So, laptop setup ready to go, but I've still got the problem with the webcam unable to take video in daylight without being completely washed out (actually just white in most cases). I did find that taping a lens from an old pair of sunglasses helped a bit but then when the sun went behind a cloud everything went black as the auto settings in the software just couldn't handle this odd setup. On searching the Internet I did come across this useful Instructable - Convert a Webcam to work outdoors in bright light., my initial tests haven't been that successful but I did then get distracted by something else........

As you can see, what started out as a simple idea then starts to get complicated especially when I get distracted. Of course the easy solution would be to buy a longer USB cable to use the desktop computer and a better webcam that works in daylight, but where's the fun in that?

To be continued


Monday, 2 July 2012

Normal service may be resumed


I know it's been almost forever since we've posted anything and anyone that's been following us has now given up any hope of us posting again. We've been quite busy, not only working on our home but also enjoying life afloat and it's the enjoying part that's responsible for reducing the post frequency, plus I got an iPad some time back and haven't found a decent app for creating posts, well that's my excuse and I'm sticking to it. So, here it is, an update on what we've been up to over the last million months.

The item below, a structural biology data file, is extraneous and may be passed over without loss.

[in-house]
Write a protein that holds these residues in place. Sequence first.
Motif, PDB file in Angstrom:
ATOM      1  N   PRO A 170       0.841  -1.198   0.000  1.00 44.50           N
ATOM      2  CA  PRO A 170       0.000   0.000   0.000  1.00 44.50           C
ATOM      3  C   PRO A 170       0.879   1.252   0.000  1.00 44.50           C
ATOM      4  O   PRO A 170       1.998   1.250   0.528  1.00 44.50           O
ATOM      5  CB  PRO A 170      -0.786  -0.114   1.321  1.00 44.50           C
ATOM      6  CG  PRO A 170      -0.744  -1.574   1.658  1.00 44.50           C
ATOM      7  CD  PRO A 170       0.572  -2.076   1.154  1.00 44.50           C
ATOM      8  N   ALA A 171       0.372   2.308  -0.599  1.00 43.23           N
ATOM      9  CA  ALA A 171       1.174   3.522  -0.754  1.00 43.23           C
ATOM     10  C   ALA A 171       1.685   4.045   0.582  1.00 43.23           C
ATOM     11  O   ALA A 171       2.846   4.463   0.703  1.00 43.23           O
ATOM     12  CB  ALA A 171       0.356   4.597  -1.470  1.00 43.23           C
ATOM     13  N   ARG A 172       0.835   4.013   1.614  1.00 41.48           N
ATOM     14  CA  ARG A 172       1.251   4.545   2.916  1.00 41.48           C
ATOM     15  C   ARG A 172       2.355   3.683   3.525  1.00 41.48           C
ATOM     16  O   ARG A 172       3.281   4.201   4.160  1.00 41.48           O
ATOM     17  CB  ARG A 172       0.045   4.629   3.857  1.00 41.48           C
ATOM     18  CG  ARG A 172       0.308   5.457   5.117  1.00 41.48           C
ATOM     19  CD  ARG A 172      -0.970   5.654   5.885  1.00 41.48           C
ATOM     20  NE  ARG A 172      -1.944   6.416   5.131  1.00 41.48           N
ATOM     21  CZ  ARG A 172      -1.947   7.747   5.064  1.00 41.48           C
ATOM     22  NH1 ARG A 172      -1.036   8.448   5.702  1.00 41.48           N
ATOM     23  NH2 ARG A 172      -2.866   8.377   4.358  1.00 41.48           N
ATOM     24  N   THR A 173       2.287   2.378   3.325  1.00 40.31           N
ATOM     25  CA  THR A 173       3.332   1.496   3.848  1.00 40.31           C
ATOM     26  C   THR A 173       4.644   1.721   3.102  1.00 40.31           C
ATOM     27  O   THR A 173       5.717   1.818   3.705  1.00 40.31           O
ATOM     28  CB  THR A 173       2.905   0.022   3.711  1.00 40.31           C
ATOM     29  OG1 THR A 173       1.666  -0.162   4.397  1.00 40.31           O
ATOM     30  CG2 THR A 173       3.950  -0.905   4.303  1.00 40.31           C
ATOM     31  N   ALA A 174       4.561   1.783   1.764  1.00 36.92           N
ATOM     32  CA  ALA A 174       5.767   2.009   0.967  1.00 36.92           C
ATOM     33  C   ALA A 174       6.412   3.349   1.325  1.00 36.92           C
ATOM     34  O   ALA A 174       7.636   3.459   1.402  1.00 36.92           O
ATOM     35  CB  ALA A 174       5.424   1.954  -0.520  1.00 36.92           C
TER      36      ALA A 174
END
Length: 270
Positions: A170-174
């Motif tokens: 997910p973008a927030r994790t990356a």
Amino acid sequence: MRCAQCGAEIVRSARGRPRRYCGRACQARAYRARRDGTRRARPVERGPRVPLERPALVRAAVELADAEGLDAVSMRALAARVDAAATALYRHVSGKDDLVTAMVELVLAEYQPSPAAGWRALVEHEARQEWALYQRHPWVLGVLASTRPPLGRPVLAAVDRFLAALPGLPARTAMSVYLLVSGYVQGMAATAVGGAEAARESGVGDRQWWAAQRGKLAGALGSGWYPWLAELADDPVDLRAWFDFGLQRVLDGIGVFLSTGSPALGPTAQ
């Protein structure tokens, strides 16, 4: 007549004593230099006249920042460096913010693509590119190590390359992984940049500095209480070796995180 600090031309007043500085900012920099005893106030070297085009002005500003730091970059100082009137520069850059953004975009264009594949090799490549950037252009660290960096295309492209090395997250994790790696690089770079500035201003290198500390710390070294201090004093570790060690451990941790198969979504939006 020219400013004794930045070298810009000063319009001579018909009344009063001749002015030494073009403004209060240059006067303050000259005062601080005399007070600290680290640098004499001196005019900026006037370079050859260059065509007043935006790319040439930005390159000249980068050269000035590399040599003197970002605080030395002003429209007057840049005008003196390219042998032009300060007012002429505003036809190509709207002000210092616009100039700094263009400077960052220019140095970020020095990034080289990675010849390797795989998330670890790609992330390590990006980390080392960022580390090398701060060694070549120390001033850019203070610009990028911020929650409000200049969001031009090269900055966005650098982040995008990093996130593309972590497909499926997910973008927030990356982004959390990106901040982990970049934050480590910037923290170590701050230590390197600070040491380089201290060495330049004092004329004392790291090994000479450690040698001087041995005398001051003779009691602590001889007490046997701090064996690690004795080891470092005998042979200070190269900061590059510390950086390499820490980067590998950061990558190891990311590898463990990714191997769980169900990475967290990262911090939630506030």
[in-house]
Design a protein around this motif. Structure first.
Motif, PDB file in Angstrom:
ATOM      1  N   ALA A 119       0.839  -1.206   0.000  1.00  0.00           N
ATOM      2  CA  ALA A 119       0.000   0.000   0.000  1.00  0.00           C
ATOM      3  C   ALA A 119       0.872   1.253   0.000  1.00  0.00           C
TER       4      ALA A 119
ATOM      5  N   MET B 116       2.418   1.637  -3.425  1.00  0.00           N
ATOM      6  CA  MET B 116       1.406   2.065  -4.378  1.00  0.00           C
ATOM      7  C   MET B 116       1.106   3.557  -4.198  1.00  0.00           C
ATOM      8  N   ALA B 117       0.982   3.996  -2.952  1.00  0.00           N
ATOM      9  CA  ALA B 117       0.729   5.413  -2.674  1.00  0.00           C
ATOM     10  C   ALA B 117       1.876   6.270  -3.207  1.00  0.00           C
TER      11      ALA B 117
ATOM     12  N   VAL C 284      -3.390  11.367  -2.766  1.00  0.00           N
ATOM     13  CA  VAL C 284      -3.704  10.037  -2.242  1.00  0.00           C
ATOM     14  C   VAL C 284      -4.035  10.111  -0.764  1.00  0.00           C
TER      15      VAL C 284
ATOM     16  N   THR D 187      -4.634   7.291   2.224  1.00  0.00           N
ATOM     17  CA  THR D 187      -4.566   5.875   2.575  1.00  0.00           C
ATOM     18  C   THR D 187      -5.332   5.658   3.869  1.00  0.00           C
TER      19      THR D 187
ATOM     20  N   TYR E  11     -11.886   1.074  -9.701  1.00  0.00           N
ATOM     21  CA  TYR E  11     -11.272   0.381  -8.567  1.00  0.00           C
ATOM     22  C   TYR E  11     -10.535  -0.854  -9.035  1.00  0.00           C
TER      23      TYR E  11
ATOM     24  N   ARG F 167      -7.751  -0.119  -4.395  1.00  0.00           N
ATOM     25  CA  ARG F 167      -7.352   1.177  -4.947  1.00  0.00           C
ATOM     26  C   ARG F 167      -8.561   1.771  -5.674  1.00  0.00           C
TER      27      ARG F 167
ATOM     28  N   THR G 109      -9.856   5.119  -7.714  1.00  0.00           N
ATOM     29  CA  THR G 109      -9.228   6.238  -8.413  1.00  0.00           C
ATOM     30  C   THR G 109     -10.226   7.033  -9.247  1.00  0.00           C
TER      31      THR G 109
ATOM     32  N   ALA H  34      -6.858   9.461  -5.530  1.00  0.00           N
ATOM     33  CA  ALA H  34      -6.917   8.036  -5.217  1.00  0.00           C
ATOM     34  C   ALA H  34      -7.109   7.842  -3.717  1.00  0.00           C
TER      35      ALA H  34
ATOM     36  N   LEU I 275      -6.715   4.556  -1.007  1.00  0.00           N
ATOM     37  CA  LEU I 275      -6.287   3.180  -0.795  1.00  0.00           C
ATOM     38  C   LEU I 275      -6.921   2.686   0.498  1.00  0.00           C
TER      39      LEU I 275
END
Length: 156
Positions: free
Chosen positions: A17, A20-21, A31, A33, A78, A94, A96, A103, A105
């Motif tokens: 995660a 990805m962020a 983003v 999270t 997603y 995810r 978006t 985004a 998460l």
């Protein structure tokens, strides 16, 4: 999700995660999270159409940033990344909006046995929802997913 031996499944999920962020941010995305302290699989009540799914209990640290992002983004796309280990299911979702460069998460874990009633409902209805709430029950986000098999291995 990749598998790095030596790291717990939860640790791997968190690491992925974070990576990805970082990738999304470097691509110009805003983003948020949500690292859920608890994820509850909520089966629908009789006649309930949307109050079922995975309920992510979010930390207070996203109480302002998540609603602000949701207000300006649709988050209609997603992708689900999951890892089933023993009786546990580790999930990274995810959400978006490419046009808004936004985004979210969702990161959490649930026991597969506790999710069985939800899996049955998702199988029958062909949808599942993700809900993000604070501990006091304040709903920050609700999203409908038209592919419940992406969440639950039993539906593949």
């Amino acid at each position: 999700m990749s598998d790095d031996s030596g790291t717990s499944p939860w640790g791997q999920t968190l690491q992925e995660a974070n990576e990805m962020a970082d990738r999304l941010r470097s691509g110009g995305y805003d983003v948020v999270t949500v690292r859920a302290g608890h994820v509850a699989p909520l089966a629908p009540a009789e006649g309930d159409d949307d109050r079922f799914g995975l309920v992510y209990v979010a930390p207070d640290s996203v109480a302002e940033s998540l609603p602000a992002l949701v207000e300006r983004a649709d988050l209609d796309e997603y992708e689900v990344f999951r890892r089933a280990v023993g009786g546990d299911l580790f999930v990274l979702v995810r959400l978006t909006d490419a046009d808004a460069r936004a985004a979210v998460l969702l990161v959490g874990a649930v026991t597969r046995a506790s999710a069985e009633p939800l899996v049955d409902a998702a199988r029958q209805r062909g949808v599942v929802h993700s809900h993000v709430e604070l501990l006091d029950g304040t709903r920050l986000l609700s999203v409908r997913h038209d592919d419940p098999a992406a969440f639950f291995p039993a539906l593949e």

We completed the spray foaming with no catastrophes and actually with not even anything amusing to say about it. It was a very successful and carefully planned exercise and we finished it in one weekend. We protected all the ceiling with cheap plastic dust sheets, which was a bit like trying to cover everything in cling film as they were so thin but it worked and then set about spraying. We did come up with a couple of useful tips for anyone that wants to do this. Spray in several thin coats, we went over the whole area about three times gradually building up the thickness and we also found it best to spray the first two coats with the fan nozzles to give an even coat and then to use the cone nozzles for the final coat as this then lets you build up any areas that are a bit sparse and also allows you to get into the little fiddly areas that the fan spray just keeps missing no matter how many times you go over it. Now we had a nice cosy area, that looked a bit like the inside of a meringue or some mad Santa's winter wonderland.